Kyrgyzstan walnut expeditionI undertook an expedition to Kyrgyzstan in 1997 to collect walnut seeds from the wild walnut-fruit forests.

Following our last day collecting walnut seeds in the mountains near the spectacular Sary Chalek lake (see post) we travelled back to the capital Bishkek via a three hour jeep journey, first through the mountains on dirt tracks and then 13 hours in a minibus along winding roads – mostly in the dark of night.

We spent two days in the capital resting and making final arrangements for our departure.   The success of the expedition was dependent ultimately on the transportation of the seeds back to the UK.  I now faced my longest-standing fear: that after nine months of planning and three weeks hard work during the seed-collecting expedition, we might face some difficulty with customs at the border, even though our expedition had been undertaken with the support of Kyrgyz scientists.

Read more from my Kyrgyzstan walnut journal

Walnut journal entry – 11th October 1997
It was with some trepidation that I reached the airport today.  I waited with dread as my turn at customs drew closer – over the last nine months this stage has been a constant concern.  After all the successful elements of the expedition – a problem now could ruin everything.

I approached a surly customs official who looked at me and my two bags: a holdall full of clothes and equipment in my hands, and a bulging 75 litre expedition rucksack on my back.  He pointed to the rucksack, containing the 2000 walnut seeds, and indicated that I should take it off and open it.  I was tense as he first felt the outside of the rucksack, his eyebrows rising in interest at its hard lumpy contents.  On opening it he looked very surprised as he lifted first one, then another, and another cloth bag from the rucksack’s insides; each one filled with walnut seeds inscribed with a number.  I said “semina” [seed] as his brow now furrowed and he called a colleague over.  I had at the ready an official letter from the Kyrgyzstan Forestry and Nut Breeding Institute approving of my work in Kyrgyzstan, a letter from the University of Oxford confirming my research, and an official statement from the UK Government confirming that the import of seed to the UK was permitted.  In the end, I need not have worried, as the custom official waved me through with a cursory nod without asking to see any documentation.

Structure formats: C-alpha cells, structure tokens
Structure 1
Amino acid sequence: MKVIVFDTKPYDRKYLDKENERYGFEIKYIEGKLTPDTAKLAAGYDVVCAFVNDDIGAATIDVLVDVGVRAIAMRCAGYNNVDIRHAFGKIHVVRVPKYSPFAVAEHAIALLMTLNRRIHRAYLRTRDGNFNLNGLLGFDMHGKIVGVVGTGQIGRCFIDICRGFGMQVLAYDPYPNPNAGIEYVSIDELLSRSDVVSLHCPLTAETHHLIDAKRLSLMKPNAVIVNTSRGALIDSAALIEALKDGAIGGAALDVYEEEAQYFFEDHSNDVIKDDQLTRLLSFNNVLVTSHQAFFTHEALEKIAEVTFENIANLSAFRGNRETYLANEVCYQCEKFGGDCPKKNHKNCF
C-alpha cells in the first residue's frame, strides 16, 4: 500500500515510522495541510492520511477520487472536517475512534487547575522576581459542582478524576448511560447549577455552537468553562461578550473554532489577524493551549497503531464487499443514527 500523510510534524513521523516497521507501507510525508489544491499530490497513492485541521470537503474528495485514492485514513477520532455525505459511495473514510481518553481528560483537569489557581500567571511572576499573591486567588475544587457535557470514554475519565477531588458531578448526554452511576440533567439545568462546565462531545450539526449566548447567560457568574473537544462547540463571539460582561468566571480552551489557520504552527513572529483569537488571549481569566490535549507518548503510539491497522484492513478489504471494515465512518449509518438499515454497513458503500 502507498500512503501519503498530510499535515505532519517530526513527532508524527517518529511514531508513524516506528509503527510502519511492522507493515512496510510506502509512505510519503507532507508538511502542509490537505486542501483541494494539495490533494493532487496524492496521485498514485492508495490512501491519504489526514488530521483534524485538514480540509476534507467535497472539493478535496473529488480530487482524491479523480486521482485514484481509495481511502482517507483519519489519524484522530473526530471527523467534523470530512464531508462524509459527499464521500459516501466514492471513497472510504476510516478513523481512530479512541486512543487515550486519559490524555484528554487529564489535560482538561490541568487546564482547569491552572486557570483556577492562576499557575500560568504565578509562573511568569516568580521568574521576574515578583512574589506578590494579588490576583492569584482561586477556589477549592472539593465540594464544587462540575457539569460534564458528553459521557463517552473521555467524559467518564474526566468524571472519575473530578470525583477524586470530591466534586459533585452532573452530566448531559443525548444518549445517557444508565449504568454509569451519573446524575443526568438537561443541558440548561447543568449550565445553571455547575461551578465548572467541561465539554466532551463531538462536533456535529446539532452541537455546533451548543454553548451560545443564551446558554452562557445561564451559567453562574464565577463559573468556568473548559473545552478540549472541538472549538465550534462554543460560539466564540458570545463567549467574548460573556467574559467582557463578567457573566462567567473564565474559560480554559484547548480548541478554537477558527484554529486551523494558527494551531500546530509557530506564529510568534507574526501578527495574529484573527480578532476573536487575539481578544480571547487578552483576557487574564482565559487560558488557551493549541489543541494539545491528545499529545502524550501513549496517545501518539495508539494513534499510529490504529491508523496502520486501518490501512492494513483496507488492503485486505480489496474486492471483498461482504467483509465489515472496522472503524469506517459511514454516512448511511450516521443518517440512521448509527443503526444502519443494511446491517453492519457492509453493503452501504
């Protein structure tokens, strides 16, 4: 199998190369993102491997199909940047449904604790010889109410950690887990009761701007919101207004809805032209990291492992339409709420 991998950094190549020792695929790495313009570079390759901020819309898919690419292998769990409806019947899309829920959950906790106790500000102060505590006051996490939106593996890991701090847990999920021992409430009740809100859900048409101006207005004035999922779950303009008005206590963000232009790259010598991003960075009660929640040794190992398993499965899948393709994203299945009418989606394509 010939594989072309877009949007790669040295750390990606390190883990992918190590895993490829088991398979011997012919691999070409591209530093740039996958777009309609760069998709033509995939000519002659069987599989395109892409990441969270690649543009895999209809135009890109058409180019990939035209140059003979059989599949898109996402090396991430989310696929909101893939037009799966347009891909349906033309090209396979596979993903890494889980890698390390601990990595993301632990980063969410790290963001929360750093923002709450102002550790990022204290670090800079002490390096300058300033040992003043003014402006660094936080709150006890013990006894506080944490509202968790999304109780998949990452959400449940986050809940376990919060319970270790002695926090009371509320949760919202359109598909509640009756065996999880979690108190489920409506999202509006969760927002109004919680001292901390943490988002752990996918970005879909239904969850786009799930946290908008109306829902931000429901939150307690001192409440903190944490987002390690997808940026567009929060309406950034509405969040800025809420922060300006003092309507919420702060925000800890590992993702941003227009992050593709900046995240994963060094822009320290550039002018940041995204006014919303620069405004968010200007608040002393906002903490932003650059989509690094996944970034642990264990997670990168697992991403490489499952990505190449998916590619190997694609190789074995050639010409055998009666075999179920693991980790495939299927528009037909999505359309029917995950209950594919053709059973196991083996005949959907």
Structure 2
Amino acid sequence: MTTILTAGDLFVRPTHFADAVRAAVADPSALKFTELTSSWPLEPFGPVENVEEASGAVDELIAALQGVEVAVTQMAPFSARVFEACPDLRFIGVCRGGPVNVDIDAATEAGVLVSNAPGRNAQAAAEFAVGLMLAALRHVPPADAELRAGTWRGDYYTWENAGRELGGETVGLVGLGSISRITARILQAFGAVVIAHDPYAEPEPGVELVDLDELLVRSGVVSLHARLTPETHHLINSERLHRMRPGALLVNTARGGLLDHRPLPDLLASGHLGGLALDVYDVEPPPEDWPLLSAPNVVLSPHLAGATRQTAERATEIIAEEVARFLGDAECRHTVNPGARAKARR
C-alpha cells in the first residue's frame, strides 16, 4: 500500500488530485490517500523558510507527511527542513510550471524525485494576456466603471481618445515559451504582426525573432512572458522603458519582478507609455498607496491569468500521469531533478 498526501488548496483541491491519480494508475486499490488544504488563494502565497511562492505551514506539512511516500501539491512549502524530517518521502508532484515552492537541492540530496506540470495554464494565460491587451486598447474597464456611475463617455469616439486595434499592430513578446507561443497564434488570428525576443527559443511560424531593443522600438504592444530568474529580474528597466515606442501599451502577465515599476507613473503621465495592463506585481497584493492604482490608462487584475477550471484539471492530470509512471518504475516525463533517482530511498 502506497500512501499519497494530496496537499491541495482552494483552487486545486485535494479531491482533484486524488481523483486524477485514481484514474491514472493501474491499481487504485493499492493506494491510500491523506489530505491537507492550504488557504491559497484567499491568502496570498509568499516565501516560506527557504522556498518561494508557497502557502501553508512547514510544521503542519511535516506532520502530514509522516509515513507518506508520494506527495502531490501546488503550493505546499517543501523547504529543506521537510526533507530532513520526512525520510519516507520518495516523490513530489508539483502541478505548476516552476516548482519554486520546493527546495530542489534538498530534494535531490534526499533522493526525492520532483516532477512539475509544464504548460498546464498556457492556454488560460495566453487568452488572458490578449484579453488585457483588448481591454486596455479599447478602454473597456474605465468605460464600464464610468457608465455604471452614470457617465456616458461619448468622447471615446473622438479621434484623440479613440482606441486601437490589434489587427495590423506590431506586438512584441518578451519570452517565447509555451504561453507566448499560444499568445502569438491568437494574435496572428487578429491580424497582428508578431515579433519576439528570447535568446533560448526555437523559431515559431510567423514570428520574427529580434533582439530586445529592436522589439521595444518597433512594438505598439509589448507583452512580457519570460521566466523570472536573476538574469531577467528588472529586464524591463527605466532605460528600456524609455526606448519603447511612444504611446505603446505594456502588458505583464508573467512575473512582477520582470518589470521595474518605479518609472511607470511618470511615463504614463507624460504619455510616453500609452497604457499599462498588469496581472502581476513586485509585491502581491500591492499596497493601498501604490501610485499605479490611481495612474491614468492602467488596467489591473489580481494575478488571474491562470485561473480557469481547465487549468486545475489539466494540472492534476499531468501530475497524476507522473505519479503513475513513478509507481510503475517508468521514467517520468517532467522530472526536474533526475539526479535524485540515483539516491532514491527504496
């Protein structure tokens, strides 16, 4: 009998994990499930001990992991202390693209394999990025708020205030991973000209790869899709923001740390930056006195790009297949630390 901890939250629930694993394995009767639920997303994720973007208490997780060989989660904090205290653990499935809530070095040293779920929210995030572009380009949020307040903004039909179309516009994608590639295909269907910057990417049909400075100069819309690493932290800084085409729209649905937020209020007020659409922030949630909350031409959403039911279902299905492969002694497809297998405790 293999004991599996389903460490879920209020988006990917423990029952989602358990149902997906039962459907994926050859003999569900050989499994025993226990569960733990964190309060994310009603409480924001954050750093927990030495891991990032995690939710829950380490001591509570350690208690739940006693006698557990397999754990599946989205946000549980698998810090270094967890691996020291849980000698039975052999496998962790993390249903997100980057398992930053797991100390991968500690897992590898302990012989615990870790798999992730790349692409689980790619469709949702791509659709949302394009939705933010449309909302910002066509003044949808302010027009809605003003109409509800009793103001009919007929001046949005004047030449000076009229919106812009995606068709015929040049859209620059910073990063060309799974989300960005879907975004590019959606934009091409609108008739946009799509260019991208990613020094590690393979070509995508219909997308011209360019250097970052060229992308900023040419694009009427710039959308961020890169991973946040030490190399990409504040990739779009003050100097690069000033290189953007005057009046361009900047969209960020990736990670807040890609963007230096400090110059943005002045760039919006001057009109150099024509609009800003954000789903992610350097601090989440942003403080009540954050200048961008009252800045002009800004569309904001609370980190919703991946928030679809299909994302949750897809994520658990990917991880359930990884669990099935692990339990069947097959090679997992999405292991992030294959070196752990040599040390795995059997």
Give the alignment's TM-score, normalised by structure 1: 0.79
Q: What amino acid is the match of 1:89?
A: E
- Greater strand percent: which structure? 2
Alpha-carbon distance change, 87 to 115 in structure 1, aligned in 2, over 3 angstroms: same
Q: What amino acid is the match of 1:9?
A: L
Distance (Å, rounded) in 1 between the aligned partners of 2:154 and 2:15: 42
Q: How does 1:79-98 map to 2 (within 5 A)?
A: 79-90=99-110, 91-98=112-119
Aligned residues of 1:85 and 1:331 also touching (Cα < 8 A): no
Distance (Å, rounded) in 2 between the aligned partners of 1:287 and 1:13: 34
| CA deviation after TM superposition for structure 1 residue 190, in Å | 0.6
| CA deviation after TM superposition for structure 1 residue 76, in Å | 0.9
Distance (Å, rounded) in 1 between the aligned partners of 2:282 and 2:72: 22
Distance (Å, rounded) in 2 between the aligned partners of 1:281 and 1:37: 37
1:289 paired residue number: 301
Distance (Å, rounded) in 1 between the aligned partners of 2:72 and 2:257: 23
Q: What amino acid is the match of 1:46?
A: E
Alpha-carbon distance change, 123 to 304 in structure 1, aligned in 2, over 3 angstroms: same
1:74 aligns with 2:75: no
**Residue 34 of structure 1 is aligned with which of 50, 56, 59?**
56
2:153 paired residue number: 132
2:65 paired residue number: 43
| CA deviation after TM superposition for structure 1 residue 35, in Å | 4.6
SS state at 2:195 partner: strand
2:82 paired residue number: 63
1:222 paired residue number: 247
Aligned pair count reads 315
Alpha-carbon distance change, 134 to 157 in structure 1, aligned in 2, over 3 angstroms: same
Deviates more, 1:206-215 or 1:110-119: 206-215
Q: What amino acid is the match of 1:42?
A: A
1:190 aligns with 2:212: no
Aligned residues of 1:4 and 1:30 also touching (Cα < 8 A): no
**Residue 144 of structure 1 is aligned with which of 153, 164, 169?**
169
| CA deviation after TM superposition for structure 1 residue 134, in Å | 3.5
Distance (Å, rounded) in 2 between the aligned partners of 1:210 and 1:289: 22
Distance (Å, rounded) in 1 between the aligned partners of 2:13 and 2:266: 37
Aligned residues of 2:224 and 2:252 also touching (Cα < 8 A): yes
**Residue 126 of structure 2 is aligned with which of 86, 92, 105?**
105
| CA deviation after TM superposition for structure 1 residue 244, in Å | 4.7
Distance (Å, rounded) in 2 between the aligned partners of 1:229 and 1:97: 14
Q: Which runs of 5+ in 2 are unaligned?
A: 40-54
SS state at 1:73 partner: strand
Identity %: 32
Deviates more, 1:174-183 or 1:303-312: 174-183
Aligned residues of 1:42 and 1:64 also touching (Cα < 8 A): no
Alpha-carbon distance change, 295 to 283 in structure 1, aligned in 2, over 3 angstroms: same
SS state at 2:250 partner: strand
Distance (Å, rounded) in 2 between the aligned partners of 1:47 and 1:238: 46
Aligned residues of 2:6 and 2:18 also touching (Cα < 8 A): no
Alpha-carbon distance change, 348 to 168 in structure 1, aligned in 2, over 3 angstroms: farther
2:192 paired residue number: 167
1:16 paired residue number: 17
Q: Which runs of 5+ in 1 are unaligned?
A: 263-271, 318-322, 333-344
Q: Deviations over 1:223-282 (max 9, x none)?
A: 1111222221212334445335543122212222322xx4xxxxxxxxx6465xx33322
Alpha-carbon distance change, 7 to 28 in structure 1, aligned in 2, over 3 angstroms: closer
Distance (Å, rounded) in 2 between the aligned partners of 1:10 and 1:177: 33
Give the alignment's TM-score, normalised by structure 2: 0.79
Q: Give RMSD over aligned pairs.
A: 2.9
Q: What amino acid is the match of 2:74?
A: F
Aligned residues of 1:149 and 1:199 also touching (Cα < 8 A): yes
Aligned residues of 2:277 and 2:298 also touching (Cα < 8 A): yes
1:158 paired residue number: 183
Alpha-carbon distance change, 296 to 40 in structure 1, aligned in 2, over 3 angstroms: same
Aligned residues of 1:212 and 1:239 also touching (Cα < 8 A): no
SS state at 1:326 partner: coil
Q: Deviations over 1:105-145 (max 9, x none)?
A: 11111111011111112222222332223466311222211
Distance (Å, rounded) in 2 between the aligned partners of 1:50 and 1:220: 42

After nine months of  labour and my 2000 walnut babies safe in the hold,  I walked on to the plane bound for London, looking forward to starting the next chapter of my walnut research in the UK.

Gabriel Hemery


  1. HI, so it’s 2018, what happened the walnut seeds ? Did they grow well and produce harvest in the U.K ?

    Thanks, Adrian

    1. Author

      Hi Adrian
      Yes, the seeds germinated well, and the trees produced were planted out across three trials in southern England. They are part of ongoing research. I published the results last in 2005:
      Hemery, G. E., P. Savill, and A. Thakur. 2005. “Height Growth and Flushing in Common Walnut (Juglans Regia L.): 5-Year Results from Provenance Trials in Great Britain.” Forestry 78 (2): 121–33.

  2. I’ve just come across an article I wrote about The Lount walnut project for the Financial Times 15 years ago, in which you recount a little of your Kyrgyzstan trials. Among the thousands of article I’ve written, it is one of the most memorable. Hope all’s going well.

    1. Author

      I remember that; it was the Jaguar Cars support for the walnut grove at the National Forest. Great to hear from you again. If you ever want more tree stories . . . you know where to come. Best wishes, Gabriel

  3. A very exciting article. I knew you returned to the UK with your nuts intact but the bit about getting thru customs had me on the edge of my seat.

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